Monday, 23 January 2012

The Examen

Hello, Father God.

The other day I went on another Quiet Day. I think it might be addictive. The first time I was a bit apprehensive for reasons I couldn't quite explain (there are those who thought it was simply because I doubted my ability to shut up for a whole day but that wasn't it) but this time I have been really looking forward to it. 

I must admit that after last time, I had a sense of expectation. Last time you touched me and you taught me some things that were really significant for me and I was hoping that you'd do it again. I have spoken to wise friends about Quiet Days and retreats and the like and received very sensible advice that it doesn't matter if the only thing I 'get out of it' is a bit of peace and quiet, or even a nap, so it's a good idea not to go with any ideas of what I want. 

That's hard. I want to hear you. I want to learn to listen. I want to experience you. To feel you. All that touchy-feely stuff where I go away feeling amazed and blessed and awed. Who wouldn't like that? Maybe I'm still just a baby at heart and I want to cuddle close to my Daddy. 

So there I was with hopes and expectations. You didn't disappoint me. No, you weren't there in a vision or a glowing neon finger pointing to a signpost in my life and you didn't speak to me in a booming voice, or a still, small one, for that matter, but still you did speak. 

It didn't start out so well. I forgot my journal and I'd been planning to bring it up to date and do a bit of writing. I meant to bring another bit of writing to work on as well, and I forgot that too. As I sat in the little service at the start of the day I was a bit narked with myself because it wouldn't all be 'perfect' as I'd planned little activities and I was annoyed by my own lack of preparation in waiting to pack my bag till my lift had arrived. As you know, I don't handle this sort of loss of perfection, self criticism and thwarting of plans particularly well. It was like a dark cloud in my head for the first bit of the day even though I knew that I was being ridiculous. 

Then I started to wonder if it wasn't a good thing. I had come here be quiet. To think, to pray and simply to be. I'd planned to fill the day with activities and maybe this was my way of staying safe and keeping control. So what would I do with the day now?  Or rather, what would you do with it?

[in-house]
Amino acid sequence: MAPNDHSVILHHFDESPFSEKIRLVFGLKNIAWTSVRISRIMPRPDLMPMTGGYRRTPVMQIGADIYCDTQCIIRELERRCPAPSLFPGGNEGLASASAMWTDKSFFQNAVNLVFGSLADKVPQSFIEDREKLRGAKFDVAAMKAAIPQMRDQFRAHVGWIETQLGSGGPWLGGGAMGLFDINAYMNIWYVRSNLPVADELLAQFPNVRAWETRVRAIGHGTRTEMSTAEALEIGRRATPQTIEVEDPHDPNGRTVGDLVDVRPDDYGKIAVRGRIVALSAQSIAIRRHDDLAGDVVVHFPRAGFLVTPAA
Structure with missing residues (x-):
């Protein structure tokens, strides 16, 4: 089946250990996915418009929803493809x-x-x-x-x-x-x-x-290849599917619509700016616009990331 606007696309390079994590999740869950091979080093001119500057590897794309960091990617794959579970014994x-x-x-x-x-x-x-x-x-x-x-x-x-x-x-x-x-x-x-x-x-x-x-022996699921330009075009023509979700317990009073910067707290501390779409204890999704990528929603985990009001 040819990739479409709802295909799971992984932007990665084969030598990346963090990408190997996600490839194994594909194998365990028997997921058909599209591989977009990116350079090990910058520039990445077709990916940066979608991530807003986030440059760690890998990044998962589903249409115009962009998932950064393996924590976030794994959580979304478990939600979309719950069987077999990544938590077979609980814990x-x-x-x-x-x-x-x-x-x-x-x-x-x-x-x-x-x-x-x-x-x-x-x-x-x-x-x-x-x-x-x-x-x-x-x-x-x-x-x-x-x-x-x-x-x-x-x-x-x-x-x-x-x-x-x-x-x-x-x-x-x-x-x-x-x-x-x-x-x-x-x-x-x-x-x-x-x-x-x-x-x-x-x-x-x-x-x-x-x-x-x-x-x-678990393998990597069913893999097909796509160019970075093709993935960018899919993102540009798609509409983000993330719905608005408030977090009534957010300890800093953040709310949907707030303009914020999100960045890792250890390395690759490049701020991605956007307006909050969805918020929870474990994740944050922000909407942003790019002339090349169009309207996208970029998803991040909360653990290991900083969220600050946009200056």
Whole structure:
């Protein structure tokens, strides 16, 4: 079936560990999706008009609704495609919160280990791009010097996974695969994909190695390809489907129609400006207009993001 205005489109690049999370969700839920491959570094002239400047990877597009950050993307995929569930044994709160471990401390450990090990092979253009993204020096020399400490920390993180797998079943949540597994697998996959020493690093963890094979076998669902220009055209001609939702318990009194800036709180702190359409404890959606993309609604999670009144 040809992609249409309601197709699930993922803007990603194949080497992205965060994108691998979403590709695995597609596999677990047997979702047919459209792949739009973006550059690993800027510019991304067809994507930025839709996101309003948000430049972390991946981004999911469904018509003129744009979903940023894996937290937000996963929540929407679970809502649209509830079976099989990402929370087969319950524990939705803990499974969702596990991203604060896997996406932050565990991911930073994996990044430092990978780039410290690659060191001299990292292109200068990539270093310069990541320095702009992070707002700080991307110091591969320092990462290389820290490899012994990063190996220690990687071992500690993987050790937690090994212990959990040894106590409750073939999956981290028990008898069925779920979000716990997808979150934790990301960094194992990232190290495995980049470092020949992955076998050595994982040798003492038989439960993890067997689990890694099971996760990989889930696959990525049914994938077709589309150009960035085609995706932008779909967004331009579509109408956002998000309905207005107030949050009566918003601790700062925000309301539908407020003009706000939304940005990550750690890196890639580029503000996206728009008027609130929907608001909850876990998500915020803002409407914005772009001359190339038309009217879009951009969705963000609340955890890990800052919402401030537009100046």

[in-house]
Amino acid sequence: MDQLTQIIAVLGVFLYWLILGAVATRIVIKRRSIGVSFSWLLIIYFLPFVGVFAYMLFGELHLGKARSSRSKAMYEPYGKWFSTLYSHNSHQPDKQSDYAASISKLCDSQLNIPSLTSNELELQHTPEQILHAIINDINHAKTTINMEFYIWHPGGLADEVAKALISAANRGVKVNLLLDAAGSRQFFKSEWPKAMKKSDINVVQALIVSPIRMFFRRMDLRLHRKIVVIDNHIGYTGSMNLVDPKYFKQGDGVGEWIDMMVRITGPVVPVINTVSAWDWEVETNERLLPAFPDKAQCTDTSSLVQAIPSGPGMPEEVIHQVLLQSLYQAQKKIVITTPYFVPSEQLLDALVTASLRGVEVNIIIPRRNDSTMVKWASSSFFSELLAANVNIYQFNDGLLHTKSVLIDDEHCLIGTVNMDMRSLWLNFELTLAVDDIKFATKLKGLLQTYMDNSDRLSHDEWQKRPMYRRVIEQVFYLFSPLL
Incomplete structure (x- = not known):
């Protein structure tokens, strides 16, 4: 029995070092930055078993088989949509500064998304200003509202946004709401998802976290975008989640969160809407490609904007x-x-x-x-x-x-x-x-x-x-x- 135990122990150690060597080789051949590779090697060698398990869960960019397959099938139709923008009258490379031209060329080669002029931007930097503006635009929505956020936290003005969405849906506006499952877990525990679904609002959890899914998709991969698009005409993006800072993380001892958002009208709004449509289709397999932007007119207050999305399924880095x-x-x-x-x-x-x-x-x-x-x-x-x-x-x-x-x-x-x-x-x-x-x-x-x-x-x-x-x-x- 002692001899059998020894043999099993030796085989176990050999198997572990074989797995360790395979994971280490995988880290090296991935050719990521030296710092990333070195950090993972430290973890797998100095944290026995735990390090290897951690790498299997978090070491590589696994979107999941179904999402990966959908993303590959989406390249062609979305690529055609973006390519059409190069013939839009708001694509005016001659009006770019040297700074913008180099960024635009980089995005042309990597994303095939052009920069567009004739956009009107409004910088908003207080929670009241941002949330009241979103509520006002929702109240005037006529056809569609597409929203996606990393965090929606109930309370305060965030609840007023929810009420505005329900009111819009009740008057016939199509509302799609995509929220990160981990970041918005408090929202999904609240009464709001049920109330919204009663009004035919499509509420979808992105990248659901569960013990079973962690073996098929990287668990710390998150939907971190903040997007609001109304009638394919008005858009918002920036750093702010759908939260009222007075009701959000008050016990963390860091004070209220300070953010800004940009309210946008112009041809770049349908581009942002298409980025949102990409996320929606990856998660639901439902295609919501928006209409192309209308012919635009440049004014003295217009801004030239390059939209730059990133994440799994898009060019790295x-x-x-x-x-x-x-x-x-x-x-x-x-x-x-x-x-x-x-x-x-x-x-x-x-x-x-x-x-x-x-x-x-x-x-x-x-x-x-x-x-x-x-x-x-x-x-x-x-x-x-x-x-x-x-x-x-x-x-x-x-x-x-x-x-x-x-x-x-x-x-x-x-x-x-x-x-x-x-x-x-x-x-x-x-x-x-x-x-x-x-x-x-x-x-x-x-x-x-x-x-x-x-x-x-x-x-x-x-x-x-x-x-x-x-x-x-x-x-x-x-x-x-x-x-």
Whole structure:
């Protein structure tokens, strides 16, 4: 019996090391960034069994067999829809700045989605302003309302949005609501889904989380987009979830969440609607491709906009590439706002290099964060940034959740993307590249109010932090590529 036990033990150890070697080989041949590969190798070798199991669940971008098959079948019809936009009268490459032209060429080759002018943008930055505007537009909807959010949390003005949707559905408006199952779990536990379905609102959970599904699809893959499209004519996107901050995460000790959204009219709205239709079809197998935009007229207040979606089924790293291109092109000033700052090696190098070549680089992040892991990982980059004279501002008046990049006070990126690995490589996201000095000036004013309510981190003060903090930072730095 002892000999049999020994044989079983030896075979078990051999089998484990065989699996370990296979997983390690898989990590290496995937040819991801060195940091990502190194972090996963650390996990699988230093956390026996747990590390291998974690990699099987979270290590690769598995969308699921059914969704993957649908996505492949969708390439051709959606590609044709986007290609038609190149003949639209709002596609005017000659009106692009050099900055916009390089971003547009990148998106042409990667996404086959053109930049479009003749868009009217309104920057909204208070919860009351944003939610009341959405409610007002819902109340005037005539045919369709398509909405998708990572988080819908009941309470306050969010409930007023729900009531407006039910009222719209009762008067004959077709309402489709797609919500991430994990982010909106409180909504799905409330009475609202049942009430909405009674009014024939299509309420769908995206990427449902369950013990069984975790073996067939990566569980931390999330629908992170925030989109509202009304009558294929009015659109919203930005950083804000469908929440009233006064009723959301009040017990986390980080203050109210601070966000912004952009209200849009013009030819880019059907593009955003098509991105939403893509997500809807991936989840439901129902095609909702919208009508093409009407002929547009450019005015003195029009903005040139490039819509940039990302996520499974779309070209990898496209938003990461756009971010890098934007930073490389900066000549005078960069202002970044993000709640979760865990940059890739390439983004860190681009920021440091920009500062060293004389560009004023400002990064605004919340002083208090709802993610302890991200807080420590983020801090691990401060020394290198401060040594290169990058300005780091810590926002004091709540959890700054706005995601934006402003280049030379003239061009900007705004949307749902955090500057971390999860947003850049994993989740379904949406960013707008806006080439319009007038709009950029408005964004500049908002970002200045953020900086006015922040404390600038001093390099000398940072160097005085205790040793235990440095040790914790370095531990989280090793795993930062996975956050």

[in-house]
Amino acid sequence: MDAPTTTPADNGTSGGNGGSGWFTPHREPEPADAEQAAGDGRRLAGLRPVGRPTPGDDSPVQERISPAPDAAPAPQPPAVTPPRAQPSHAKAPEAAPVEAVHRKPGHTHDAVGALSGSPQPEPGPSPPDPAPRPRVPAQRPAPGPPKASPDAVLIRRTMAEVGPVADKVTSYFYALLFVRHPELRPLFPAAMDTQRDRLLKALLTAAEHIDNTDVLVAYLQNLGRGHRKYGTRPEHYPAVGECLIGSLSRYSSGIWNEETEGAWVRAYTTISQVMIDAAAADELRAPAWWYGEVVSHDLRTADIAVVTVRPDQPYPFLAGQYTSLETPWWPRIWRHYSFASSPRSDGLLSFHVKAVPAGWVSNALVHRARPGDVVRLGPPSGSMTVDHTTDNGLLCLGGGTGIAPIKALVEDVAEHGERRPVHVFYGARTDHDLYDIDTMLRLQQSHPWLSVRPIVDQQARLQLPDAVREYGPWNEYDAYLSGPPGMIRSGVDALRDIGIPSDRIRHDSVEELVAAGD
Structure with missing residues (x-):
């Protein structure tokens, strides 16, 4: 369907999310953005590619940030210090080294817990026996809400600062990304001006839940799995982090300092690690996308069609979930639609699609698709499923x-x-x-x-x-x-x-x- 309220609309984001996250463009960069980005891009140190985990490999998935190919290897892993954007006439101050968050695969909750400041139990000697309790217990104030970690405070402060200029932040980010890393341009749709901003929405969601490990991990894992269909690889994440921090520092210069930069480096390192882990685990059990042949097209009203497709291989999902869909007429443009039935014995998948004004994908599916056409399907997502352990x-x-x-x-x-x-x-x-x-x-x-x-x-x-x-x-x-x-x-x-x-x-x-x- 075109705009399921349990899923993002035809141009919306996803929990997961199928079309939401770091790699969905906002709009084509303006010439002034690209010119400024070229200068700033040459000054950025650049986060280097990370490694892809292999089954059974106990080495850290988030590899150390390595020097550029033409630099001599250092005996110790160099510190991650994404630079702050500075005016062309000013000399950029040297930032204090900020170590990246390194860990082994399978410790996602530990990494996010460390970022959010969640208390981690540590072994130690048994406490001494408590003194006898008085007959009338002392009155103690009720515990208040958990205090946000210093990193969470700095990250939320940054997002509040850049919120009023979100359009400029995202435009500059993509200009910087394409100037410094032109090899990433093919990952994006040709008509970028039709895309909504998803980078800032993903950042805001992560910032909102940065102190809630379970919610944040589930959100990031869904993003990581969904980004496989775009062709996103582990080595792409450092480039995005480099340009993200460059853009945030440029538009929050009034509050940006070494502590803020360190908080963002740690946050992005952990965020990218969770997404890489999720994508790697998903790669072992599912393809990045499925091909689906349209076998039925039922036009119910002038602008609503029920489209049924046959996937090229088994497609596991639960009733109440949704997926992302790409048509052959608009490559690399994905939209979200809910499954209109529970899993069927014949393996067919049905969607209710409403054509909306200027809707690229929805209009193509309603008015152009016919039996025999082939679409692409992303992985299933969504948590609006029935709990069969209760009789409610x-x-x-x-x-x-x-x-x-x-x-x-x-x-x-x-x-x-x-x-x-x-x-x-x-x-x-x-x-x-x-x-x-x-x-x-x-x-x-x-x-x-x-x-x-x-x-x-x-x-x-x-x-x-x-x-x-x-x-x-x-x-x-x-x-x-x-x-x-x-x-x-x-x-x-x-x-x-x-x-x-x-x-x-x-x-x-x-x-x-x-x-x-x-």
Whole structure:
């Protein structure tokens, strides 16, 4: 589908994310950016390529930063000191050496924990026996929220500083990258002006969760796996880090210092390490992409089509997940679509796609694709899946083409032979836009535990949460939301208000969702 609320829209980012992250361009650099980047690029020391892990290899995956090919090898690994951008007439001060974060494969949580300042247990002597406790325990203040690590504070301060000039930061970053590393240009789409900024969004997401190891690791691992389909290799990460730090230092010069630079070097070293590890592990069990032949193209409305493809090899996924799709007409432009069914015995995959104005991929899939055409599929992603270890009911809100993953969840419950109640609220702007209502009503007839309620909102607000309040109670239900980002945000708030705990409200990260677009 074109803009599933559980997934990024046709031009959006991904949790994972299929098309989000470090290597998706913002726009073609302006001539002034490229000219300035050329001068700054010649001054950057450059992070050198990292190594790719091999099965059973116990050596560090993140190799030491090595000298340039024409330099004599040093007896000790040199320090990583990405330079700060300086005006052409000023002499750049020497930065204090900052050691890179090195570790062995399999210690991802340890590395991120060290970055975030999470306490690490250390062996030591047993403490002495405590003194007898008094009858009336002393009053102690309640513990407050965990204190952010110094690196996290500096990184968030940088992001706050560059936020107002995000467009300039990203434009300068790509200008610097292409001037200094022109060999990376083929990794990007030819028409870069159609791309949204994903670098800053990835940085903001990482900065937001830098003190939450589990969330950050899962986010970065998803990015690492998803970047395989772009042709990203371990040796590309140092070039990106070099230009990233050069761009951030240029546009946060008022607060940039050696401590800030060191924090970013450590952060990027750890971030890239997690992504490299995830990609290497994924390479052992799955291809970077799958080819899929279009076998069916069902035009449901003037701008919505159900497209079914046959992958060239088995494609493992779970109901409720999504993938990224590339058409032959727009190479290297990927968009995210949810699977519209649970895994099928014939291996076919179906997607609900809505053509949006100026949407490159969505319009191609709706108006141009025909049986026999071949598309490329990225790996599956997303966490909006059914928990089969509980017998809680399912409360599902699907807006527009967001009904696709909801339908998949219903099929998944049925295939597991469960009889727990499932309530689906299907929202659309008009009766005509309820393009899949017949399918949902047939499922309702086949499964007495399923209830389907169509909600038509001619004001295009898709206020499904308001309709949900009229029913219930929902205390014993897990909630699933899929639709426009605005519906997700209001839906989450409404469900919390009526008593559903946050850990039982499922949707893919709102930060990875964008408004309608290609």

So I sat for a while. I wasn't moved to tears like last time, and I gazed at the oak tree that spoke to me last time and although it is still a beautiful oak tree, it didn't say anything else today. I gave the day to you. 

Over lunch I picked up a book to distract me from other people's crunching. (Why do they supply us with crisps on a Quiet Day? Or is it only me that notices? I can't eat crisps in a quiet room despite my love of them, sadly. Far too self conscious.)  Anyway, there I was with my parma ham, cheddar and rocket sandwich and slice of cherry genoa cake and I picked up a book called, 'Sleeping with Bread: Holding What Gives You Life' by Dennis, Sheila and Matthew Linn. 

I read the whole book. That is not an enormous feat as the book is short and there are big pictures and I had a couple of hours. It was easy to read and fascinated me from the outset. The title relates to the plight of some children orphaned in the bombing raids of the second world war who were eventually found and placed in refugee camps where they were so traumatised that they couldn't sleep at night lest they wake in the morning to find themselves lost and hungry again. Someone came up with the idea of giving them a piece of bread to hold as they went to sleep and it worked. The bread reminded them 'Today I ate, and I will eat again tomorrow.'

The authors wrote this book to explain something called 'The Examen' which is a prayerful reflection at the end of each day. What today gave me life, and what took life from me?  

Apparently St Ignatius, in his 'Spiritual Exercises' said that he expected you to speak through our deepest feelings and yearnings - what he called our 'consolations' and 'desolations'. Our 'consolations' are the parts of the day when we feel most 'connected' to the universe, and 'desolations' where we feel most disconnected. 
'Church tradition, religious authorities and the Bible are sources of divine revelation. Our life experience, as expressed through our consolations and desolations is also a source of divine revelation. The examen can help us to be open to all these sources of truth, since the examen helps us to listen to all that life is saying to us. For this reason Ignatius encouraged his Jesuit theologians at the Council of Trent to do the examen each day as a way of listening to God's truth.'
D, S, M Linn, Sleeping with Bread: Holding What Gives You Life, 1995. 56/7

I like this idea of truth. For a while now I've been keen to find my path in life from here onwards by learning how to discern your voice; whether in the world around me, or through other people, things I read, sermons, advice of other people; and now I learn that you can use the day to day things of my own life and the experiences I have to help me find my way.

There are several different ways of phrasing the same question and the idea is that you choose the one that speaks to you:

For what moment today am I most/least grateful?

When did I give/receive the most/least love today?

When did I feel most alive today? When did I feel life draining out of me?

When today did I had the greatest/least sense of belonging to myself, to others, God and the universe? 

When was I happiest/saddest?

What was the high/low point of my day?